The Archbishop of Wales, Dr Barry Morgan, has warned that quoting the Bible won't settle arguments about same-sex marriage or assisted dying. He told the Governing Body of the Church in Wales in Llandudno that attitudes depend on upbringing, education and which part of the Bible is emphasised.
The Governing Body includes the six Welsh bishops as well as representatives of the clergy and of church-goers. The Archbishop reminded them that the Church could change its mind. Today it disagreed with the state's view on same-sex marriage, in the past the disagreement had been about divorce.
Dr Morgan said peoples’ lives would be affected by the Church’s response and warned of the danger of the Church being seen as homophobic. However, he urged clergy keen to redress the balance and publicly bless same-sex marriages to be patient.
Same-sex marriage and assisted dying are among the issues to be discussed by clergy and lay people from across Wales, at a key Church meeting today.
The meeting will take place over two days at Venue Cymru in Llandudno.
Members of the Church in Wales' Governing Body will consider reports on the two sometimes controversial subjects.
The 144 members will be put into small groups to discuss the reports, which outline the theological perspective on the issues.
They will not be asked to decide the Church's views on either.
Also on the agenda will be discussions about guidelines to accompany the Canon to ordain women as bishops.
A conserved screen in the small Vale of Glamorgan church of St Cadoc’s, Llancarfan, will be unveiled next week.
The gilded early 15th Century reredos is described as extraordinarily intricate.
The Church in Wales says it's been painstakingly returned to former glory by a team of three specialists, over the last six months.
It says the mystery remains as to why a work of the magnificence of the reredos is tucked away in a village church like St Cadoc’s.
One theory is that it began life elsewhere and only moved to Llancarfan when it was 200 years-old, in the mid 1600s.
The end of four years of conservation work at the church, which included the discovery and restoration of Medieval wall paintings of St George and the Dragon and the Seven Deadly Sins, will be marked with a Celebration Evening.
All of the bishops from the Church in Wales have signed an open later to the Ministry of Defence - calling for the minimum age for people joining the army to be raised to 18.
Britain is currently among a minority of countries where the minimum voluntary recruitment age is 16.
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Bishops from the Church in Wales are calling for an end to recruiting under 18s to the Army.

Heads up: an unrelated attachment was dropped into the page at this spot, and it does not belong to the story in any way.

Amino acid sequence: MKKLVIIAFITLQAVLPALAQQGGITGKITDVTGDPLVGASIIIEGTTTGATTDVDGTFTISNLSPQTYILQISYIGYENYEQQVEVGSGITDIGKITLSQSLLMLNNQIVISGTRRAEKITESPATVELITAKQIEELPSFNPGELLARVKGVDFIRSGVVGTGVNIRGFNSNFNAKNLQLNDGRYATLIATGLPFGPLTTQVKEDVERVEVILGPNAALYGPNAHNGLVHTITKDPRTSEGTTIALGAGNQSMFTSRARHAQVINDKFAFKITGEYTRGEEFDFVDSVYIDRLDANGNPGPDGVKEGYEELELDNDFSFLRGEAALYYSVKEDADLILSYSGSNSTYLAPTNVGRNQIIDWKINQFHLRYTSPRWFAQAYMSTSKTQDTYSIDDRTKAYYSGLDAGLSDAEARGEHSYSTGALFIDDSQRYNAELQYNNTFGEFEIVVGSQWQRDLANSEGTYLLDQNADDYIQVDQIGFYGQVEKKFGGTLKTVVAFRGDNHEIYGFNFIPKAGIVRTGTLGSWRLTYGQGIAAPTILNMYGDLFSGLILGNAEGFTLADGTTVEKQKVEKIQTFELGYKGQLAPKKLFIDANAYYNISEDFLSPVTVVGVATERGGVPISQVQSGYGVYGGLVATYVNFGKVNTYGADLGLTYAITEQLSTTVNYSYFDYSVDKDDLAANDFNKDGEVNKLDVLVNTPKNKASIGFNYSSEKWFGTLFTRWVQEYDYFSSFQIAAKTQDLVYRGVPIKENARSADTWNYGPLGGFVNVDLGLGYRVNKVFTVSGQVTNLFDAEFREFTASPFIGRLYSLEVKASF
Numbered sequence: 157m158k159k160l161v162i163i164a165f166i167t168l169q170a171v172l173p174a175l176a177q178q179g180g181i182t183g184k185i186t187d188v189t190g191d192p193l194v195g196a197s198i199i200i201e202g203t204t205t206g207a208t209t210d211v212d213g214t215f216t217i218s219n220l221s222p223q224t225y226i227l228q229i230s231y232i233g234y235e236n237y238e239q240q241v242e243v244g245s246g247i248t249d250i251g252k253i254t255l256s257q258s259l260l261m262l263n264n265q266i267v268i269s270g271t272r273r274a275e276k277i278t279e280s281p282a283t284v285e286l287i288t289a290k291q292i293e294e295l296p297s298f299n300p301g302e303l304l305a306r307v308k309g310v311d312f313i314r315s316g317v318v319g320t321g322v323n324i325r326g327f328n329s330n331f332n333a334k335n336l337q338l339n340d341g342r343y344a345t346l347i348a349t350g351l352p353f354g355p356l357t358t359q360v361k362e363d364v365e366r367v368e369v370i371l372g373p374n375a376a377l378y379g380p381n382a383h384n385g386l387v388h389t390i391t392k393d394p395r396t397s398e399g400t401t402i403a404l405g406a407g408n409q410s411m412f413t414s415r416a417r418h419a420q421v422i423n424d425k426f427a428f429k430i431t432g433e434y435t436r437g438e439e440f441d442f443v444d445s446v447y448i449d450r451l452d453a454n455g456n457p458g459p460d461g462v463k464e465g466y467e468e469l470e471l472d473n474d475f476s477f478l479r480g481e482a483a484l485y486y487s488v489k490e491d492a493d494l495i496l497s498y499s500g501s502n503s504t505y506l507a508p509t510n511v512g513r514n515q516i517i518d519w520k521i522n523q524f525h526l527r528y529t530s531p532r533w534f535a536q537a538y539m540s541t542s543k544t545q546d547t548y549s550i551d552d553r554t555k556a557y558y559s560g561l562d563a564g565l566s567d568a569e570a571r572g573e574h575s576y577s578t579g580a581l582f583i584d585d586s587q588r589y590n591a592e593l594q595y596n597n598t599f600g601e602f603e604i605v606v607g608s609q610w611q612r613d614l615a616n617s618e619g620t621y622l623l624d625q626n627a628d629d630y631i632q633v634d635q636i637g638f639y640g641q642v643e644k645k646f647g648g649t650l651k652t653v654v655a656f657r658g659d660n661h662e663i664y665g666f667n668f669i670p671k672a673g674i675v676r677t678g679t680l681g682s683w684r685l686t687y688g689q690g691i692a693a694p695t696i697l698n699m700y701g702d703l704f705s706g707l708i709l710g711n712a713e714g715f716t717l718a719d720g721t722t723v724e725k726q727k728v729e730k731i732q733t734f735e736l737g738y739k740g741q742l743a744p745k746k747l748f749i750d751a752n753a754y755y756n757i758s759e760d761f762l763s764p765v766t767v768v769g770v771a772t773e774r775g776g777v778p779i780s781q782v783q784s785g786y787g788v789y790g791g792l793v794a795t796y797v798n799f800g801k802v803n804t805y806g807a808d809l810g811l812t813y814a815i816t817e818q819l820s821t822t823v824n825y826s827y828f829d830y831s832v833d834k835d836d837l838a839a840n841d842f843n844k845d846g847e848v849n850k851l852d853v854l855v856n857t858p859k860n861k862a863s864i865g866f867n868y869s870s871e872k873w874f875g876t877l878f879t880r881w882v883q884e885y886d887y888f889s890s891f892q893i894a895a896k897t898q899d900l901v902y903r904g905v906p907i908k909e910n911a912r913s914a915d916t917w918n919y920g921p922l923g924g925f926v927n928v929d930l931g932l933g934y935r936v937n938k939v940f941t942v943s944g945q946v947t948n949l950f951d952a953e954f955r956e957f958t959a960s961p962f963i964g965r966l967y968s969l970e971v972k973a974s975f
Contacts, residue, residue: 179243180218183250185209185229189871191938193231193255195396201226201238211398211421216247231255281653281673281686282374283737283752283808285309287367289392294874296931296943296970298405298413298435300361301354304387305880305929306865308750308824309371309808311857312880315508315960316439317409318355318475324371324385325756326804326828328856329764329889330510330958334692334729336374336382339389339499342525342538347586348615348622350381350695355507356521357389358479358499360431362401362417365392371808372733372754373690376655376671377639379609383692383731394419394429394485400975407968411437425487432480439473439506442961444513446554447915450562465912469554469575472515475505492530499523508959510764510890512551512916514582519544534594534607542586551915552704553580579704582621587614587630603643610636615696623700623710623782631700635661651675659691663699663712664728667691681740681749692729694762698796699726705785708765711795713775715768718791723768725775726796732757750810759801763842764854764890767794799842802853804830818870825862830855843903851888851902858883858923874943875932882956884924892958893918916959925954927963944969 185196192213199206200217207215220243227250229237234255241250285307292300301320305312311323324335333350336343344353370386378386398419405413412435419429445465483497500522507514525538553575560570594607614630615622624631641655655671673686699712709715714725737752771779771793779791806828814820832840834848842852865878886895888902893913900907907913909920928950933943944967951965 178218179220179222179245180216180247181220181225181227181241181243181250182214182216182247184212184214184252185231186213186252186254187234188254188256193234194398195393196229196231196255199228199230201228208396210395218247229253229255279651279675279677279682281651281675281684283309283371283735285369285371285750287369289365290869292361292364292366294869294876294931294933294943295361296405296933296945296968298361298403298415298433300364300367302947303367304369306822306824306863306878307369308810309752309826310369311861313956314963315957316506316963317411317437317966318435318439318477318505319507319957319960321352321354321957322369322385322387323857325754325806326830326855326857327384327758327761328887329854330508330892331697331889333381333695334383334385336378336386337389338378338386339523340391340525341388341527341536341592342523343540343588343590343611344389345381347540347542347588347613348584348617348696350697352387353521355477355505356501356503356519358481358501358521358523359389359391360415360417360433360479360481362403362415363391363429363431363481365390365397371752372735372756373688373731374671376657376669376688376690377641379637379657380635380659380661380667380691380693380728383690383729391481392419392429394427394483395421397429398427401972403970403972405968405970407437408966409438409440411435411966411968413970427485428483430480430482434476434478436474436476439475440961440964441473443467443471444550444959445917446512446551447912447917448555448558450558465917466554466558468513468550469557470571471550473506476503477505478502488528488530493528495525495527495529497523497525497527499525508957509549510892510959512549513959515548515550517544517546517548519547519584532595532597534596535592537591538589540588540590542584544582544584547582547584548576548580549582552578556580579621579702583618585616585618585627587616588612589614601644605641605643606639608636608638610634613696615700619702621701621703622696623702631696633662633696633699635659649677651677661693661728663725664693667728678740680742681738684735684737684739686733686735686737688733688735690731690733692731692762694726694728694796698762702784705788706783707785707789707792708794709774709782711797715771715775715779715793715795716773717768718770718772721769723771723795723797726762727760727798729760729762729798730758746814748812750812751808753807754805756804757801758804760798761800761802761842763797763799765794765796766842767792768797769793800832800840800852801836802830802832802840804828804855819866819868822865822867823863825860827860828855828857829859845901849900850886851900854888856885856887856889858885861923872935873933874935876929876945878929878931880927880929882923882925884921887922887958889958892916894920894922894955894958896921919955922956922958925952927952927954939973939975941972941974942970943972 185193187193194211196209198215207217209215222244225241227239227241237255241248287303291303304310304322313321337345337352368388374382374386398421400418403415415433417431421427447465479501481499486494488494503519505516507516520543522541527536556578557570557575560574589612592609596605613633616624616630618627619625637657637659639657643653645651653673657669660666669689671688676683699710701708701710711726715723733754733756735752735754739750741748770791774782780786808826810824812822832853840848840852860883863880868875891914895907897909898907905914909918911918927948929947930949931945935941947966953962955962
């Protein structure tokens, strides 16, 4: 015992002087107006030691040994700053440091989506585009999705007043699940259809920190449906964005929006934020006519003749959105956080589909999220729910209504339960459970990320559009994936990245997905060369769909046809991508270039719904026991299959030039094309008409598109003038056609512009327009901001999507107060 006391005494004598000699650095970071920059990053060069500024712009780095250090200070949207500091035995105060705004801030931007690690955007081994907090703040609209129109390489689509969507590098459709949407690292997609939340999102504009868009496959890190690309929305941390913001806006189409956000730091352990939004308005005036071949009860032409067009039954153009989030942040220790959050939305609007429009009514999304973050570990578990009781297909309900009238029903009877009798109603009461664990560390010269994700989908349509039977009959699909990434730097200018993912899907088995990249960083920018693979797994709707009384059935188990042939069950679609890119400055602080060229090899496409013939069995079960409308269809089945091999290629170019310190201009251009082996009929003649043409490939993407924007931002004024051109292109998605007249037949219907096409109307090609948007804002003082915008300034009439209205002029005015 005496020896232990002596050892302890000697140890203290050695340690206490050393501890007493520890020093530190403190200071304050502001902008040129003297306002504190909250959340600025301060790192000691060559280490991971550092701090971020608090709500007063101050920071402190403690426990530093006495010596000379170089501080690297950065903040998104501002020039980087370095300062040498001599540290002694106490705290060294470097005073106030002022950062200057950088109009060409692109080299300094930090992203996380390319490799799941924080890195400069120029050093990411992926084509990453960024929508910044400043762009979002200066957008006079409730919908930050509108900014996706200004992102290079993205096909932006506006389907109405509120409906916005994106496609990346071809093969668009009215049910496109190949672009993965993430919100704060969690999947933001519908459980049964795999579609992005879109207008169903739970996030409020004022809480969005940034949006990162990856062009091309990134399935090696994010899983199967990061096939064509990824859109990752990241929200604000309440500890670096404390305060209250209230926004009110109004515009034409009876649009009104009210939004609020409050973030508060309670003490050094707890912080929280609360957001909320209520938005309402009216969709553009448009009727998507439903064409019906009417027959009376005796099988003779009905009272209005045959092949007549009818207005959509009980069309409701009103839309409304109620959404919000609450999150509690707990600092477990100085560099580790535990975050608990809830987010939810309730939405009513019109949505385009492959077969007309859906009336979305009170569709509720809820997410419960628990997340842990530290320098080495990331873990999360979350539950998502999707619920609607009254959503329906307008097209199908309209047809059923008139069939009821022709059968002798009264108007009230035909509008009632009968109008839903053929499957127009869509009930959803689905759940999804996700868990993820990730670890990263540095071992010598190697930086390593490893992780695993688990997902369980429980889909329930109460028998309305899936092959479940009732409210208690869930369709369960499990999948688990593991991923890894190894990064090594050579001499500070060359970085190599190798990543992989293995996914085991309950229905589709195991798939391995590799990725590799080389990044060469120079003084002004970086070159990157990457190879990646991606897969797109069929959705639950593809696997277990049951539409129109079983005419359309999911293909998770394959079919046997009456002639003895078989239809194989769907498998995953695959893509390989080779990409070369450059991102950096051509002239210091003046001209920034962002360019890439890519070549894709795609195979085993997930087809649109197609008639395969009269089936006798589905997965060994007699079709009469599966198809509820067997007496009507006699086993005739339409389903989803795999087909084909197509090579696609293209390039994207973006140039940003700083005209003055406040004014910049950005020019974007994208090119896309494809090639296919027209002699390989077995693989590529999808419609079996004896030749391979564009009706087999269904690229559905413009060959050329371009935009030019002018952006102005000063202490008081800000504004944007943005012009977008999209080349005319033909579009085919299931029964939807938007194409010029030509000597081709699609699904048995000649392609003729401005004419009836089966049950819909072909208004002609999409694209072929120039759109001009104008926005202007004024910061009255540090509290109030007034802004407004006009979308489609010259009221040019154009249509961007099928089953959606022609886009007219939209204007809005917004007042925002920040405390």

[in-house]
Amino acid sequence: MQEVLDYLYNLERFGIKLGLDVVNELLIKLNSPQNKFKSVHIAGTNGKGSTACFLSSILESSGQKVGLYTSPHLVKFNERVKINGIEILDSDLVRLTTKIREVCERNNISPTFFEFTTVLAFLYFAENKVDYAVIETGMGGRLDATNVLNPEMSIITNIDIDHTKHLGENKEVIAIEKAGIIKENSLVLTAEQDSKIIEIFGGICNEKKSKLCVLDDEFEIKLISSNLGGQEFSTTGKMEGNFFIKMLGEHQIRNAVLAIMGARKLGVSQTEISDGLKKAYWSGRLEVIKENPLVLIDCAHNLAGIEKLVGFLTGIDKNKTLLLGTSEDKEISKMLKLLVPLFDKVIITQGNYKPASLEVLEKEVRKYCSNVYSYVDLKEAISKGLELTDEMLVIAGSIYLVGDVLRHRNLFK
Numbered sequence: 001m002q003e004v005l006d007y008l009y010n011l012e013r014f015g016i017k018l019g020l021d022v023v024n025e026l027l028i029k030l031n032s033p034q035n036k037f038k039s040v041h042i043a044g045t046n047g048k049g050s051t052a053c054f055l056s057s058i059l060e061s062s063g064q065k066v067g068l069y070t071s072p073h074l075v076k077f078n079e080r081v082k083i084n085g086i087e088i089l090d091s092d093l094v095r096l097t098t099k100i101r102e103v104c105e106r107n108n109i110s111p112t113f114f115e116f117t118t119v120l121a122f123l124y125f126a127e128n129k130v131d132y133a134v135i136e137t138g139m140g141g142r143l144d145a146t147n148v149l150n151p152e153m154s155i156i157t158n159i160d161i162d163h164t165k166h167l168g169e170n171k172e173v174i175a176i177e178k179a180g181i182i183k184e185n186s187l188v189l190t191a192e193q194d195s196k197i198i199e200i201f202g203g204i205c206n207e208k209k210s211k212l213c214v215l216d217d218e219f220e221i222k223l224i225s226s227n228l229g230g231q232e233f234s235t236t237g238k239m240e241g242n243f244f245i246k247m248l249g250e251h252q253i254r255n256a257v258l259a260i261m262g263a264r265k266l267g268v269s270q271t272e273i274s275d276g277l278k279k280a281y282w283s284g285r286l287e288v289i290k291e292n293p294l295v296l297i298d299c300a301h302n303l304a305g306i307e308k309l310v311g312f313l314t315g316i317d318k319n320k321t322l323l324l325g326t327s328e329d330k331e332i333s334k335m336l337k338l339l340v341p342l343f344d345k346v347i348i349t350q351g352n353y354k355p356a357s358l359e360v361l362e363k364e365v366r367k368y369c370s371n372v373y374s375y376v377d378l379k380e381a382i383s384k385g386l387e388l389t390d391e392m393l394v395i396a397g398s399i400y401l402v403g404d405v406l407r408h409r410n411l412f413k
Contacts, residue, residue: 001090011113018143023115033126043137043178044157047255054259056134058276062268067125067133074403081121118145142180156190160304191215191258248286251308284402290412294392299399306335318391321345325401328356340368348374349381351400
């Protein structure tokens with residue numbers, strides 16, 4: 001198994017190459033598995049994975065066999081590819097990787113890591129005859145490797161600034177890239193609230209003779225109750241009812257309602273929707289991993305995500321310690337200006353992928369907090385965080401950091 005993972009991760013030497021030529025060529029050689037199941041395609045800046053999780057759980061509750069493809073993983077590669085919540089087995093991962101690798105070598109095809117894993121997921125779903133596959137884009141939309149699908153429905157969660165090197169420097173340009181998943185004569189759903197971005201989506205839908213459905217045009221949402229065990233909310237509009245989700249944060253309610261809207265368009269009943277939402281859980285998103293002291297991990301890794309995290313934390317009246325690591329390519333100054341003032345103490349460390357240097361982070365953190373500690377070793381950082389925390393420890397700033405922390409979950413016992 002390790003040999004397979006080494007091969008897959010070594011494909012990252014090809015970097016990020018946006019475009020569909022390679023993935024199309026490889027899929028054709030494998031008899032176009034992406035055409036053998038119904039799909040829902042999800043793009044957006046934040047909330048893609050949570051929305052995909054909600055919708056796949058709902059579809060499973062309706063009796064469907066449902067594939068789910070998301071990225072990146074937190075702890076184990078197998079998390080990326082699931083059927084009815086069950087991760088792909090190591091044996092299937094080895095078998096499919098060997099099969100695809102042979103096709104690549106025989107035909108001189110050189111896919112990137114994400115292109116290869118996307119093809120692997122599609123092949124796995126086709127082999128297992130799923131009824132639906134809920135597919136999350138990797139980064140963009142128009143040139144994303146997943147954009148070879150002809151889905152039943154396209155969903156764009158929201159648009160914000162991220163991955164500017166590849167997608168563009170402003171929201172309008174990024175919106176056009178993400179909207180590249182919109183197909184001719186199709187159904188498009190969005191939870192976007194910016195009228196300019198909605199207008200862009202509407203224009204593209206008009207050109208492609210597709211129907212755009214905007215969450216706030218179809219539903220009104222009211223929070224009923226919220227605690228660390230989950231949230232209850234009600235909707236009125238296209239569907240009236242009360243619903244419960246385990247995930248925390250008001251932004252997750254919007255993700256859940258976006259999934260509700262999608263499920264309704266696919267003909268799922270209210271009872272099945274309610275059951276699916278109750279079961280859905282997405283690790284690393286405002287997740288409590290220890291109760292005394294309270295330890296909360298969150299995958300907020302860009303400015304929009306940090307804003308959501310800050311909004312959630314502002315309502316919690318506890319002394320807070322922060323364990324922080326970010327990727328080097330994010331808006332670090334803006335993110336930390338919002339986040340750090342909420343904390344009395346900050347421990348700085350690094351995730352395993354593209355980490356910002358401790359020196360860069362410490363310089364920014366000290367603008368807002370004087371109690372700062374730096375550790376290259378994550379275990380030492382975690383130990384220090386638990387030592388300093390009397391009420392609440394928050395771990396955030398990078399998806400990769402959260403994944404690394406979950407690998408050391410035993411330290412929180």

Currently 16 year olds can join with parental consent.
The church says the current policy is channelling the youngest, most disadvantaged recruits into the most dangerous frontline combat roles. But The Ministry of Defence says this ignores the opportunities that a military career offers, as Tom Sheldrick reports.
These young trainees are preparing to apply to the Armed Forces. They're currently undergoing training at the Military Preparation Collage in Cardiff. All three disagree with calls that there should be a minimum age of 18 to join the Armed Forces.
The Church in Wales is calling for an end to recruitment of under-18s to the Army. We've been getting your views on this all morning, and here are a selection.
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The MoD says it has no plans to revisit its recruitment policy for under-18s.
It follows calls from bishops in Wales to raise the minimum Army enlistment age from 16 to 18 years old.
All the bishops from the Church in Wales have signed an open letter from charity Child Soldiers International, calling for an end to recruitment of under-18s to the Army.
The Church in Wales is calling for an end to recruitment of under-18s to the Army.
All the bishops from the Church in Wales have signed an open letter from campaign group Child Soldiers International. They say the MoD should raise the minimum enlistment age from 16 to 18 years old.
The letter, addressed to Defence Minister Mark Francois said,
'We commend the MoD for having ceased routinely deploying children into conflict, but challenge its failure to stop recruiting them'.
It also said, 'Those recruited at 16 have faced double the risk of fatality of adult recruits throughout the conflict in Afghanistan.'
Builder Lee Mayes was inspired by his church renovation project so much - he had the chapel's holy crosses tattooed on his arm.
The 43 year-old site manager was working at St Illtud’s Church in Llantwit Major where celtic crosses have been rehoused in a 13th century chapel.
“I’m not a religious person but as soon as I saw the Celtic designs I knew that I wanted to be involved in this project. I saw the designs on the stones and thought to myself, ‘I’m going to have that on my arm,’” said Lee.
The crosses which date back more than 1,000 years were relocated during a £850,000 refurbishment project which has seen the roofless ruin brought back to life a visitor centre.
The Galilee Chapel will be officially opened on Saturday, November 2, by the oldest member of the church 94 year-old Gladys Kilby.